Despite the U.S. government’s most recent shutdown, Wheaton College remains relatively unaffected. This shutdown is currently the longest shutdown in the history of the United States, surpassing the 21-day government shutdown in 1995 under former President Clinton. According to multiple news sources such as CBS, CNN, The New York Times and The Washington Post, the shutdown occurred because of disagreement in the government over President Trump’s demands for five billion dollars to be used to fund a border wall between the United States and Mexico. An impasse prolonged the shutdown: Democrats will not allow any new money to be used for the construction of the wall, and President Trump has yet to declare a national emergency in order to fund the wall.
According to the National Emergencies Act of 1976, a national emergency is described as a crisis, such as a national security issue, which threatens the country. The act allows the president to redirect government money without approval from Congress. The declaration of a national emergency would thus allow President Trump to fund the border wall.
In a politics poll done by George Washington University in 2018, 80 percent of polled Republicans reported that dealing with immigrants should be a priority for the government. The Democrats are reported to support increased border security, but not a physical barrier. In particular, House Speaker Nancy Pelosi and Senate Minority Leader Chuck Schumer refuse to budge and give President Trump funding for the border wall. According to CNN, some Republican senators have deviated from their party’s plan and announced their support for funding the government without allocating money to build the border wall.
While many public colleges may feel some effects of the shutdown, as they are funded by state governments, private colleges such as Wheaton are comparatively untouched, for the college is funded mainly through tuition payments and private contributions. Many east coast public colleges and universities, according to CNBC, have postponed tuition payments and waived late fees for students whose finances are tied up due to the shutdown. Because the Education Department is already funded under a previous bill, federal financial aid will continue to be given out. While some students were attempting to fill out the federal aid applications, however, they found out that they needed additional verification materials from the IRS. The part of the IRS that would allow students to access this information, however, was shut down. The Department of Education released a statement in January which provides more flexible guidelines for the applications during a government shutdown and allows students to submit alternative documents for verification.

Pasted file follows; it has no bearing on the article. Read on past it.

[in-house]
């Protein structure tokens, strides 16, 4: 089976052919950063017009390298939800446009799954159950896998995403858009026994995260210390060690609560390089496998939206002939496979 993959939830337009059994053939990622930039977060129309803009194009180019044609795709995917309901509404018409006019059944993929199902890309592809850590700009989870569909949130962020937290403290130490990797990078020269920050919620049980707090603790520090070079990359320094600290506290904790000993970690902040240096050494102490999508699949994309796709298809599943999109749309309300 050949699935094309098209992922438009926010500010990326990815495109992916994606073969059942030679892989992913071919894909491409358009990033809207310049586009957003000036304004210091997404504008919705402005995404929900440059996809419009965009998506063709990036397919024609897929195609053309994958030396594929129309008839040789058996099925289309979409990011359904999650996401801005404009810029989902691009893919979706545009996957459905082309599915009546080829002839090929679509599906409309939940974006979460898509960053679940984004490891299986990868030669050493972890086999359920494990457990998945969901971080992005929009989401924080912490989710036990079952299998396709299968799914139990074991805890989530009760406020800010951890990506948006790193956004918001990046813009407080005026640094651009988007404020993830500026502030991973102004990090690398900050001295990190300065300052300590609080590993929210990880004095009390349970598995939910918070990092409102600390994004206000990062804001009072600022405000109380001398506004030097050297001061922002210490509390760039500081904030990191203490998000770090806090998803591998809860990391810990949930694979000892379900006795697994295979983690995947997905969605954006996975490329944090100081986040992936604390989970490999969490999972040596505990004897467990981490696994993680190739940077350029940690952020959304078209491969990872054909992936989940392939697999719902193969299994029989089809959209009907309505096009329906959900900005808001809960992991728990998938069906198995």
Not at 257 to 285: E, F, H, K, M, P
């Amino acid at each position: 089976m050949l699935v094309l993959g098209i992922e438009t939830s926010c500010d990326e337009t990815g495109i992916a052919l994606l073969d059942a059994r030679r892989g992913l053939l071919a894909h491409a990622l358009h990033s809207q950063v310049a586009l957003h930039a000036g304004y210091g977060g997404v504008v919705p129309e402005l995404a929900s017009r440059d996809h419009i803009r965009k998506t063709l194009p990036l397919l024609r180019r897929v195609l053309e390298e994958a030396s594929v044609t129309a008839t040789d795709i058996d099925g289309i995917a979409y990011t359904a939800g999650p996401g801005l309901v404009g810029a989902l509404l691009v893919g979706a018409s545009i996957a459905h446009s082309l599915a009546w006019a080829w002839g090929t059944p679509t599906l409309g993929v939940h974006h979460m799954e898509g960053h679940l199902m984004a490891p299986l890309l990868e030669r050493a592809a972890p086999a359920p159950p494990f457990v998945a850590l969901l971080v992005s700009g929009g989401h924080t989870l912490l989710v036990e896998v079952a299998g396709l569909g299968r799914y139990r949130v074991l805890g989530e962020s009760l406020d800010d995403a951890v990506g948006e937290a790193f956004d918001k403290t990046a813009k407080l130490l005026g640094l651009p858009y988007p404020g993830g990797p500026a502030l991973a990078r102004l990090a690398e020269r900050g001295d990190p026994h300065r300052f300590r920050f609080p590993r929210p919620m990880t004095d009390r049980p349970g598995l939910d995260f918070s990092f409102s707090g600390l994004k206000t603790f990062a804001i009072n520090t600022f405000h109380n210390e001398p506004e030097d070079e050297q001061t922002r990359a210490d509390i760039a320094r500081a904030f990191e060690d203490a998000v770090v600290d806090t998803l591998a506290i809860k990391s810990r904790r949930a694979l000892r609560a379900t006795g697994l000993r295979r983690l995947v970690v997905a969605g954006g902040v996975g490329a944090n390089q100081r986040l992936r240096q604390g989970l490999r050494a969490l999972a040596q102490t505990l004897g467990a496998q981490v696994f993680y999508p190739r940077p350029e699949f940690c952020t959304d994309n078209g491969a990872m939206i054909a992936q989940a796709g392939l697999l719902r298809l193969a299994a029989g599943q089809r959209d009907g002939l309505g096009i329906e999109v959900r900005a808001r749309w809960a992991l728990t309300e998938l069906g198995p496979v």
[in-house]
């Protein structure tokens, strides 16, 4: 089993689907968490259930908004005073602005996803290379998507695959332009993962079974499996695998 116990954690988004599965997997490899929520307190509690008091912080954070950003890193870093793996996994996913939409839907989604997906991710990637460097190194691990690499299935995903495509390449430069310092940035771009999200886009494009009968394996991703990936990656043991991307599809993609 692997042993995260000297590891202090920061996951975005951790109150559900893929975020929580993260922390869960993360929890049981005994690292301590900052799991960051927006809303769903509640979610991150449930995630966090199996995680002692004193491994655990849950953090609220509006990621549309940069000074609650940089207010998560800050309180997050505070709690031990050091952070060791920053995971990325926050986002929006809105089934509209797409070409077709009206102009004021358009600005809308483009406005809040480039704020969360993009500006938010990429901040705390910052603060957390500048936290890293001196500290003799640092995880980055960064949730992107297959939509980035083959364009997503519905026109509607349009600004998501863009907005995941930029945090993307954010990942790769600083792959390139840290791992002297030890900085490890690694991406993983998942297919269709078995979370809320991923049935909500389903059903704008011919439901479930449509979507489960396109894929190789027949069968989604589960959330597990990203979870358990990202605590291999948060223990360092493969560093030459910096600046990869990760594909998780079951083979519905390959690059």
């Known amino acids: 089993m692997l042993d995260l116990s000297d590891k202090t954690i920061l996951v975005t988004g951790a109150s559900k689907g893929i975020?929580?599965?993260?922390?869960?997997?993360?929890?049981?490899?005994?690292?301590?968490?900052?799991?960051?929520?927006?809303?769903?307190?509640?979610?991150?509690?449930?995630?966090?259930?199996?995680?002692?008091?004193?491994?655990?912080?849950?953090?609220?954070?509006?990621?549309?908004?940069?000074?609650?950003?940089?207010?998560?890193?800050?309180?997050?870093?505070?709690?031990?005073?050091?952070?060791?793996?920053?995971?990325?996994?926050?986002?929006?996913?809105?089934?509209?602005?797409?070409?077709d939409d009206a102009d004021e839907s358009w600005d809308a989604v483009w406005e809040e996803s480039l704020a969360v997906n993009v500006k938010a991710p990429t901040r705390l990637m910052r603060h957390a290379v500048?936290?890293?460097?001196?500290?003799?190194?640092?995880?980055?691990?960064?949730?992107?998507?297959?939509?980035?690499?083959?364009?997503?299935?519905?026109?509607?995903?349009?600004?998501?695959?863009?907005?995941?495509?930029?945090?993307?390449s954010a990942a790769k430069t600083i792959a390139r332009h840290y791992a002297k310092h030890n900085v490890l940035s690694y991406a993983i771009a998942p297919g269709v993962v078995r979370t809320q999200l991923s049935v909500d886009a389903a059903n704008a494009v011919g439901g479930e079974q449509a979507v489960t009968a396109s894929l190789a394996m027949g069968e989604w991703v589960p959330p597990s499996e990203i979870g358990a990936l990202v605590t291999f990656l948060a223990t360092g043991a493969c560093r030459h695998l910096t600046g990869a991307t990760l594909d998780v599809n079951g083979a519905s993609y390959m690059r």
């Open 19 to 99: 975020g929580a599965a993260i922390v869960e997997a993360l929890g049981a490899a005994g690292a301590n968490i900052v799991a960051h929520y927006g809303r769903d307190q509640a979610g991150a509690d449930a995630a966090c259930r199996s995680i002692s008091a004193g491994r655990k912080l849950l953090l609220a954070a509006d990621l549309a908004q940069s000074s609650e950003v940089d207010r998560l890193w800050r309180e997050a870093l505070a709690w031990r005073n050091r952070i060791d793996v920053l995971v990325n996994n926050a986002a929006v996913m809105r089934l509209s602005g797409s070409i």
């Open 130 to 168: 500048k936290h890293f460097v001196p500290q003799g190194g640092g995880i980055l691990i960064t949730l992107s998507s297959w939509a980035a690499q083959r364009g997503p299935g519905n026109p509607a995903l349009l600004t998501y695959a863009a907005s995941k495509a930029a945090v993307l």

Students whose parents are government workers have especially felt the impact of the shutdown as they attempt to pay for their tuition and books. Because of the longevity of the shutdown, government workers did not receive their paychecks. Many employees who work in public safety positions such as the Transportation Security Administration (TSA) were working without pay. Not only does the shutdown affect the personal lives of these workers who are now struggling to pay for their many finances, which may include medical costs, mortgages and groceries, but it also affects the economy of the United States as a whole as well as the economy of the smaller cities whose stores and restaurants rely on nearby government workers for business. The U.S. Office of Personnel Management (OPM) has guidance on their website online for furloughed workers, which includes letters that workers can send to creditors and mortgage companies to explain why they are unable to pay.
Additionally, the furlough of Education Department staff members involved in making grants may lead to delays in awarding grants to colleges later in the year. According to the Education Department’s contingency plan, more than 90 percent of its employees were furloughed during the shutdown, and up to 6 percent of its workers were called back to perform essential jobs, such as providing payments to grantees and administering student aid. With a prolonged shutdown, workers would have piles of paperwork to work through, which may lead to a delay in processing grant applications. The funding of private colleges who do not require federal money, however, would remain unaltered.
On Jan. 25, 2019, a temporary deal was reached to reopen the government for three weeks. If another deal is not reached by Feb. 15, the government will shut down and colleges may once again have to deal with the possible funding effects.